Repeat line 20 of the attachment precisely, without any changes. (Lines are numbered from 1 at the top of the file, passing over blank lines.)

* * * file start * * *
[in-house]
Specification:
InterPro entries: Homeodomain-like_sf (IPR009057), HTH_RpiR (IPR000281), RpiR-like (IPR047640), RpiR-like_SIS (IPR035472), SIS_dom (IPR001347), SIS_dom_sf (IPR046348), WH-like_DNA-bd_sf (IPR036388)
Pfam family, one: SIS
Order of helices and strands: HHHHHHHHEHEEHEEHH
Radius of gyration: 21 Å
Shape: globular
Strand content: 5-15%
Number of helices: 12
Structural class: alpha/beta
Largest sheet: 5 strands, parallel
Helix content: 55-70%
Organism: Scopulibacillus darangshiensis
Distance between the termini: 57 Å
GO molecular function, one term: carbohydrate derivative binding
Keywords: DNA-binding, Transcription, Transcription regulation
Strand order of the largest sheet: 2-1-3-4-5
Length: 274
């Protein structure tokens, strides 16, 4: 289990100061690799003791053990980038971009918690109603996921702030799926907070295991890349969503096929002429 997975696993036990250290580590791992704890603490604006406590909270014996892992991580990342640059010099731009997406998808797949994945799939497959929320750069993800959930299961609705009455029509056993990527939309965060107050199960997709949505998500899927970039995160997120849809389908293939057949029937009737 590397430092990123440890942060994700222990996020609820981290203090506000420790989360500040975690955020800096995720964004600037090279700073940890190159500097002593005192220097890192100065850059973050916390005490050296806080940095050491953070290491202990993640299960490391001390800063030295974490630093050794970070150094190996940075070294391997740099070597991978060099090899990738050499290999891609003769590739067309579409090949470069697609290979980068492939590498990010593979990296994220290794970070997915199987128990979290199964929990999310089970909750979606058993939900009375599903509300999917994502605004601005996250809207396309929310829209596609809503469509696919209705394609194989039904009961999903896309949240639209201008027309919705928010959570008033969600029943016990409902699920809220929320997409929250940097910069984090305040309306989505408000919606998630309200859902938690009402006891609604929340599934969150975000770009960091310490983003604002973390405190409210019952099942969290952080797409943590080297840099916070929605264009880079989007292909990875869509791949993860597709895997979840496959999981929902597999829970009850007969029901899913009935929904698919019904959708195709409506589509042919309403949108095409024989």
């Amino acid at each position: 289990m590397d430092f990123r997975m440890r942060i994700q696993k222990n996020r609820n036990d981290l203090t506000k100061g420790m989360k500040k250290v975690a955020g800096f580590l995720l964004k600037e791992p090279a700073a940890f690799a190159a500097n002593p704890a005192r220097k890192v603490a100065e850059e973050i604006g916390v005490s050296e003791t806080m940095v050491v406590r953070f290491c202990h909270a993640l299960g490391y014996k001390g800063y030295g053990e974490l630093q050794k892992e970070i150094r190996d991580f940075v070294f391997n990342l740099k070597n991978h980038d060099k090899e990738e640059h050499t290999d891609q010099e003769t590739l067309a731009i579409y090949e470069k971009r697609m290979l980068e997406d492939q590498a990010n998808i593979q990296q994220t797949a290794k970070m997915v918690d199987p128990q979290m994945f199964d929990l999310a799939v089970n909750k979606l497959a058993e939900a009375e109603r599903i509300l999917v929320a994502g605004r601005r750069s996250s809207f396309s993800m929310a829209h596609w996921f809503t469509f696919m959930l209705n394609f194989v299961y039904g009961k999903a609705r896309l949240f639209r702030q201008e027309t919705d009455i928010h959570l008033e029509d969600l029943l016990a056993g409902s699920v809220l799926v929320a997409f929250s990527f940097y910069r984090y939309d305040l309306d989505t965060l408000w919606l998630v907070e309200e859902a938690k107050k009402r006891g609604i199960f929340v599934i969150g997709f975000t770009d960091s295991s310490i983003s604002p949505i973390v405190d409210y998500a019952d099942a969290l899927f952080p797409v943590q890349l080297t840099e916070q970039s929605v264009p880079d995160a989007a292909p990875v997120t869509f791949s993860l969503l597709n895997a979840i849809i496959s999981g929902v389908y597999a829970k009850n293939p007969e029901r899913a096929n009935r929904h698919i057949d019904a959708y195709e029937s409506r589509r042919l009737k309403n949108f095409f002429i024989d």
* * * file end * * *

């Amino acid at each position: 289990m590397d430092f990123r997975m440890r942060i994700q696993k222990n996020r609820n036990d981290l203090t506000k100061g420790m989360k500040k250290v975690a955020g800096f580590l995720l964004k600037e791992p090279a700073a940890f690799a190159a500097n002593p704890a005192r220097k890192v603490a100065e850059e973050i604006g916390v005490s050296e003791t806080m940095v050491v406590r953070f290491c202990h909270a993640l299960g490391y014996k001390g800063y030295g053990e974490l630093q050794k892992e970070i150094r190996d991580f940075v070294f391997n990342l740099k070597n991978h980038d060099k090899e990738e640059h050499t290999d891609q010099e003769t590739l067309a731009i579409y090949e470069k971009r697609m290979l980068e997406d492939q590498a990010n998808i593979q990296q994220t797949a290794k970070m997915v918690d199987p128990q979290m994945f199964d929990l999310a799939v089970n909750k979606l497959a058993e939900a009375e109603r599903i509300l999917v929320a994502g605004r601005r750069s996250s809207f396309s993800m929310a829209h596609w996921f809503t469509f696919m959930l209705n394609f194989v299961y039904g009961k999903a609705r896309l949240f639209r702030q201008e027309t919705d009455i928010h959570l008033e029509d969600l029943l016990a056993g409902s699920v809220l799926v929320a997409f929250s990527f940097y910069r984090y939309d305040l309306d989505t965060l408000w919606l998630v907070e309200e859902a938690k107050k009402r006891g609604i199960f929340v599934i969150g997709f975000t770009d960091s295991s310490i983003s604002p949505i973390v405190d409210y998500a019952d099942a969290l899927f952080p797409v943590q890349l080297t840099e916070q970039s929605v264009p880079d995160a989007a292909p990875v997120t869509f791949s993860l969503l597709n895997a979840i849809i496959s999981g929902v389908y597999a829970k009850n293939p007969e029901r899913a096929n009935r929904h698919i057949d019904a959708y195709e029937s409506r589509r042919l009737k309403n949108f095409f002429i024989d």